Jon Jones Refuses to Fight Chael Sonnen, Causing Cancellation of #UFC151

Posted: August 24, 2012 in MMA, UFC
Tags: , , , , , , , , , ,

By now, you all know that Dan Henderson had to pull out of his fight against Jon Jones due to a torn ACL, and Jones refused to accept Chael Sonnen as a replacement fighter. The net result is that Zuffa cancelled UFC 151, the first card Zuffa has ever had to cancel. I feel somewhat silly for weighing in on this topic because you’ve all read more about it than you’ll ever need to read. Hopefully, I’ll provide a slightly different perspective than what you’ve heard already.

Those that have been reading this blog for some time might expect me to take Jon Jones’s side in this discussion. I’m on the record (here and on Fight Fans Radio) as saying that a fighter’s first responsibility is to win fights, and his second responsibility is to make me, as a fan, happy. Therefore, when Tim Boetsch fights a boring but smart fight against Hector Lombard, I’m not the one booing. Tim was being smart, placing his career over his ego. If a fighter turns down a fight because he doesn’t have enough time to prepare, I also don’t have a problem with that. I thought Rick Story was incredibly reckless in taking fight against Nate Marquardt less than a month after a brutal fight against Thiago Alves, and following through even when that fight’s opponent was changed (to Charlie Brenneman) less than 24 hours before the fight. We all admire his guts, but he might have lost a title shot as a result, and he hasn’t been back in the mix since. A fighter should be smart, and I won’t criticize their smart decisions.

This is different on several levels.

First, Jon Jones was ready to fight. He wasn’t exhausted or beaten to a pulp from a recent fight. He’s had plenty of time off, and then started training for Dan Henderson.

Second, Chael Sonnen would have represented the same type of challenge as Dan Henderson, only weaker. Jones was ready to fight a wrestler with a heavy right hand. Chael Sonnen is a wrestler who’s got very active hands (e.g., he’s #7 all-time for total strikes landed). However, Sonnen doesn’t have Henderson’s knockout power or technique, Sonnen has been sitting on his couch for the past several weeks since fighting Anderson Silva, and Sonnen would be changing weight class. The only thing going for Sonnen is that Henderson is left handed and Sonnen is right-handed, which would require an adjustment by Jones. Nevertheless, if anyone shouldn’t be willing to participate in this fight, it’s Sonnen. Regardless of what you think about Sonnen’s chances against Jon Jones, he had much less a chance of beating Jones under these circumstances.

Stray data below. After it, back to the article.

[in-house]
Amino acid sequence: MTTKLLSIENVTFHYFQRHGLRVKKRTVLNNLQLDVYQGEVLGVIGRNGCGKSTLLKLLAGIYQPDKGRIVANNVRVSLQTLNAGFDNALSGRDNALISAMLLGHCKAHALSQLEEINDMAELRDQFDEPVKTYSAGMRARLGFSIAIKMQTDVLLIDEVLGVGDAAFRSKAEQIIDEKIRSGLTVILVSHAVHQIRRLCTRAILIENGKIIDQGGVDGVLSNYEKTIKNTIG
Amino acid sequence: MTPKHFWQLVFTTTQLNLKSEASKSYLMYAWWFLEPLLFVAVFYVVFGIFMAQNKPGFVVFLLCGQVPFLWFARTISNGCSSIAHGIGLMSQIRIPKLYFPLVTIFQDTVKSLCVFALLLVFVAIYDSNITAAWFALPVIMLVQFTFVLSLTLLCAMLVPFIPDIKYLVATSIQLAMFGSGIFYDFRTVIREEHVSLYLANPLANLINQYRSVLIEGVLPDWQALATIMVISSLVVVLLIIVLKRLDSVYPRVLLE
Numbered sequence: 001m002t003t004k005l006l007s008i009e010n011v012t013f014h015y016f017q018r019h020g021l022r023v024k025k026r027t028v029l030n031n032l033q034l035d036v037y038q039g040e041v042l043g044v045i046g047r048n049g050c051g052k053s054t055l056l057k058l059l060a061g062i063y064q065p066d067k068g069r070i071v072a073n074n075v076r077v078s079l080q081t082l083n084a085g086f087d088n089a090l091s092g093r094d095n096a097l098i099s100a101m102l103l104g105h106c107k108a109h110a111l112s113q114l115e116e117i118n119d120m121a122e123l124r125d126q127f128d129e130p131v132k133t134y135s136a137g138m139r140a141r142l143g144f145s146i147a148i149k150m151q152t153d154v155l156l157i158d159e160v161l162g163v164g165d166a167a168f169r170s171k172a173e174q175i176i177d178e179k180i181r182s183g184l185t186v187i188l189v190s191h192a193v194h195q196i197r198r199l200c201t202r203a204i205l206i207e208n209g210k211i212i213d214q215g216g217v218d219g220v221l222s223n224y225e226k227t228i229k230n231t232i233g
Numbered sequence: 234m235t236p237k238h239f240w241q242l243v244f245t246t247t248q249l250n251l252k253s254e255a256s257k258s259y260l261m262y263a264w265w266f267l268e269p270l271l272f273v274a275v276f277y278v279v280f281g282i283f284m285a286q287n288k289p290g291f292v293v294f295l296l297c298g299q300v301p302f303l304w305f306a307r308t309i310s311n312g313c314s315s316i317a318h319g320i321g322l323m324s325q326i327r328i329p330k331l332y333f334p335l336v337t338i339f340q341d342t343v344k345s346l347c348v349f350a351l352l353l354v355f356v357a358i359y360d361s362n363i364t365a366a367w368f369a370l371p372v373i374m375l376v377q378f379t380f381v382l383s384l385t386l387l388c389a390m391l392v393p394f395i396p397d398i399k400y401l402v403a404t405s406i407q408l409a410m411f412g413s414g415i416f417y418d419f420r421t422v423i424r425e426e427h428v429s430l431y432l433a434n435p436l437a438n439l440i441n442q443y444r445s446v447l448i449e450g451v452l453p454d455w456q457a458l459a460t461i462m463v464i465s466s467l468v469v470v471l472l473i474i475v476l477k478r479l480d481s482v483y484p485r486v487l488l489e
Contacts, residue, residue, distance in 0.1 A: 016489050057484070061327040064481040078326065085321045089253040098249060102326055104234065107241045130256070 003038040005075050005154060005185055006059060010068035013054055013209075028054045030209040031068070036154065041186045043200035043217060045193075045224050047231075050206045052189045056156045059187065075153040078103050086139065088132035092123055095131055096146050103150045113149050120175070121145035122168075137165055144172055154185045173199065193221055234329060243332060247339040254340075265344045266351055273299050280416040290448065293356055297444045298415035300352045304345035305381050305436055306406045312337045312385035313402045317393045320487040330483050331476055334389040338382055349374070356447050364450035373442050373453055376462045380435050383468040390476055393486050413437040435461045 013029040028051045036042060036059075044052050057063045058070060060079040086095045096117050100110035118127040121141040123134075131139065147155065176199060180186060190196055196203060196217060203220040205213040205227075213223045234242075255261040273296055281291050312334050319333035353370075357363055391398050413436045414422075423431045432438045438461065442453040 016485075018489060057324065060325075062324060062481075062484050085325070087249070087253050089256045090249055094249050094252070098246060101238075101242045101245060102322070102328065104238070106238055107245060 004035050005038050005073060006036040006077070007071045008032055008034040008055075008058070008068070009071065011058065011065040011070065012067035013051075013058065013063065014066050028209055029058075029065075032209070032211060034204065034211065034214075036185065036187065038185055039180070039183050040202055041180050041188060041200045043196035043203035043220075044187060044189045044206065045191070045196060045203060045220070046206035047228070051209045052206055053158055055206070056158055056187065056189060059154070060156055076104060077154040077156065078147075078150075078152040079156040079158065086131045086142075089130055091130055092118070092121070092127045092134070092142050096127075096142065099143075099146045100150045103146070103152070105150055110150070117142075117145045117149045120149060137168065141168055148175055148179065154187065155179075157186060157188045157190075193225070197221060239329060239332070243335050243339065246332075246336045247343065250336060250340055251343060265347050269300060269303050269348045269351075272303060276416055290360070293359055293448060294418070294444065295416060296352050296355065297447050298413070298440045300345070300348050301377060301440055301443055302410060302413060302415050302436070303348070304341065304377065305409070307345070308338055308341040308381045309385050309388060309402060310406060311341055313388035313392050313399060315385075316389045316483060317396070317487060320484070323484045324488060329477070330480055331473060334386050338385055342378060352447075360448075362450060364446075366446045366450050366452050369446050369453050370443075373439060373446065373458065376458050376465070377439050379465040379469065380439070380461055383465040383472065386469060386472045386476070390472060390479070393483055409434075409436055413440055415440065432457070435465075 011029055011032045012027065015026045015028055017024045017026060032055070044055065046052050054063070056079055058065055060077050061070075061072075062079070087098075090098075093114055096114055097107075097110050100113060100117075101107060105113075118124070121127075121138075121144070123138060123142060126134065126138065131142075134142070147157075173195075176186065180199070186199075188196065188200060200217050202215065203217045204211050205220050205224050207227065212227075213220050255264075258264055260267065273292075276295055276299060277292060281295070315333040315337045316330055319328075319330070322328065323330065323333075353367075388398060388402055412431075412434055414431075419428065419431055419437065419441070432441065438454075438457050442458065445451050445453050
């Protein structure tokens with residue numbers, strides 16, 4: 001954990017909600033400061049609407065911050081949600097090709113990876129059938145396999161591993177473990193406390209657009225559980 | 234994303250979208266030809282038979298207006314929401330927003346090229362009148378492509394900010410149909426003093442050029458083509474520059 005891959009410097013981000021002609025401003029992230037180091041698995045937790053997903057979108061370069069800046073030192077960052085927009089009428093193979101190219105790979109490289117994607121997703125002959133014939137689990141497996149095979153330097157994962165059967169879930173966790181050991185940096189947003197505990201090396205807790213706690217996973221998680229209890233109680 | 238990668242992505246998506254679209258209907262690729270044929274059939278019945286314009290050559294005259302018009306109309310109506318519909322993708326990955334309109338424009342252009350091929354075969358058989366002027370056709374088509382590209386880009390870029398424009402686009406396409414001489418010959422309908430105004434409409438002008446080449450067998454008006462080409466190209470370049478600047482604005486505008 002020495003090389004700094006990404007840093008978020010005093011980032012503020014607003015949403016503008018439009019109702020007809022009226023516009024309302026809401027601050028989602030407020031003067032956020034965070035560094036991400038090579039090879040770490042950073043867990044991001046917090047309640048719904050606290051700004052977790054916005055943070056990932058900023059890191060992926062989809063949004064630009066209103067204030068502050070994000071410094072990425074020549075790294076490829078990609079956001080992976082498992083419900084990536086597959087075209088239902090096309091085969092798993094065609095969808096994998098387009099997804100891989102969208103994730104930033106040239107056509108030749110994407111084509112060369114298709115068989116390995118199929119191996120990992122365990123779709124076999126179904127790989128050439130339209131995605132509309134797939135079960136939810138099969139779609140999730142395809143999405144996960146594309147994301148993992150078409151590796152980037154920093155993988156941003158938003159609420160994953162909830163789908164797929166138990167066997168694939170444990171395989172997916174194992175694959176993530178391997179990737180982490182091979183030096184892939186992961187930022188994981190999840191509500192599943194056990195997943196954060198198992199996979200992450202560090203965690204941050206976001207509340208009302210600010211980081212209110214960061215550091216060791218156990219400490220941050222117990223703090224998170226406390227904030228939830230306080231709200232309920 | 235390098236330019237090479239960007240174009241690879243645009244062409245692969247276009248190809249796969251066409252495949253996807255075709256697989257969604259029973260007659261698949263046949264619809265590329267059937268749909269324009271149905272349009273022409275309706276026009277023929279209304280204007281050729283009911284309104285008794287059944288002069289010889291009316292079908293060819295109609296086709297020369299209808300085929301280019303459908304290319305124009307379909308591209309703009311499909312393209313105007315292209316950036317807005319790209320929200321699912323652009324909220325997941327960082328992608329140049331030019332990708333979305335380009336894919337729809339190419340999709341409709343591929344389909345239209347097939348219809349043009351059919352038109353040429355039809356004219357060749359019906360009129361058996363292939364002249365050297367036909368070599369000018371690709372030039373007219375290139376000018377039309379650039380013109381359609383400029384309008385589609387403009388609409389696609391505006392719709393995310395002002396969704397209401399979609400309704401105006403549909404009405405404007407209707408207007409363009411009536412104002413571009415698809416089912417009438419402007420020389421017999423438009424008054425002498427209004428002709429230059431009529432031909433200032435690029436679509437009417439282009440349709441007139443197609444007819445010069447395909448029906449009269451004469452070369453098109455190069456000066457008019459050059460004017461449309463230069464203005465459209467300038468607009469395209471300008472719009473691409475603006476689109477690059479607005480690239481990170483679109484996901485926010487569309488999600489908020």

Third, Jones is the champ, and as the champ, he has an obligation to face all comers. Again, I don’t like that many fans and fighters overstate that argument and require champs to fight on eight day’s notice, but the general principle does apply, and in combination with the other issues I raise here, it’s a fair argument.

Fourth, Jones has publicly rejected the notion of fighting Sonnen because he didn’t earn the shot, but he’s hypocritically showed his reluctance to give Lyoto Machida a rematch because Machida isn’t enough of a financial draw. Very few fighters are a bigger draw than Sonnen. If Jones “is a business man” and is concerned about money above all else, then by his own argument, he should have taken this fight eagerly.

Fifth and finally, there was too much at stake for the light heavyweight champion – someone who represents the company (i.e., Zuffa) – not to step up and take care of the company that took care of him. The entire card was on the line, and all signs point to the assumption that Jones was well-aware of that fact. Because of Jones’s decision, the entire card was cancelled, costing Zuffa a ton of money. Dana White won’t forget that.

Putting It All Together

Those are the ways I see in which Jones’s decision doesn’t make sense, both in terms of what he owes the UFC and in terms of what makes sense for him. Any one of these is forgivable and explainable, but not all five. Not taking the fight was a bad decision. Note also that all of these together certainly cut against the argument that Chael didn’t deserve the title shot. Of course he didn’t deserve the title shot. That’s irrelevant. It’s better to give the fans a card (especially one with a main event they really want to see) than to cancel it.

Of course, what are the consequences? Are you not going to watch Jon Jones’s fights anymore? Sure you will; you’ll just root against him now, but that costs you the same amount of money as rooting for him would. Any guy that drives a Bentley has enough money that he doesn’t care a bit what you think, especially if you’re still willing to throw even more money his way. He won’t suffer for this decision in the near future, but if he makes another mistake, I don’t think Zuffa will be there to watch his back. On the other hand, when his career is on the decline and he’s taking the next step in his career, I’m doubtful Zuffa will be an option. Zuffa is notorious for showing loyalty to those that it likes, even if they’re terrible at their jobs (e.g., Mike Goldberg, Bruce Buffer) or occasionally go bat-guano insane (e.g., Quinton Jackson, Forrest Griffith). That’s quite an ace in the hole, and Jones is throwing it in the garbage.

If he were the smart business man he claims to be, he’d focus on that big picture.

Follow me on Twitter @MMADork
Follow Jon “Bones” Jones on Twitter @JonnyBones
Follow Chael Sonnen on Twitter @SonnenCh
Follow the Ultimate Fighting Championship on Twitter @UFC
Follow Dana White on Twitter @DanaWhite

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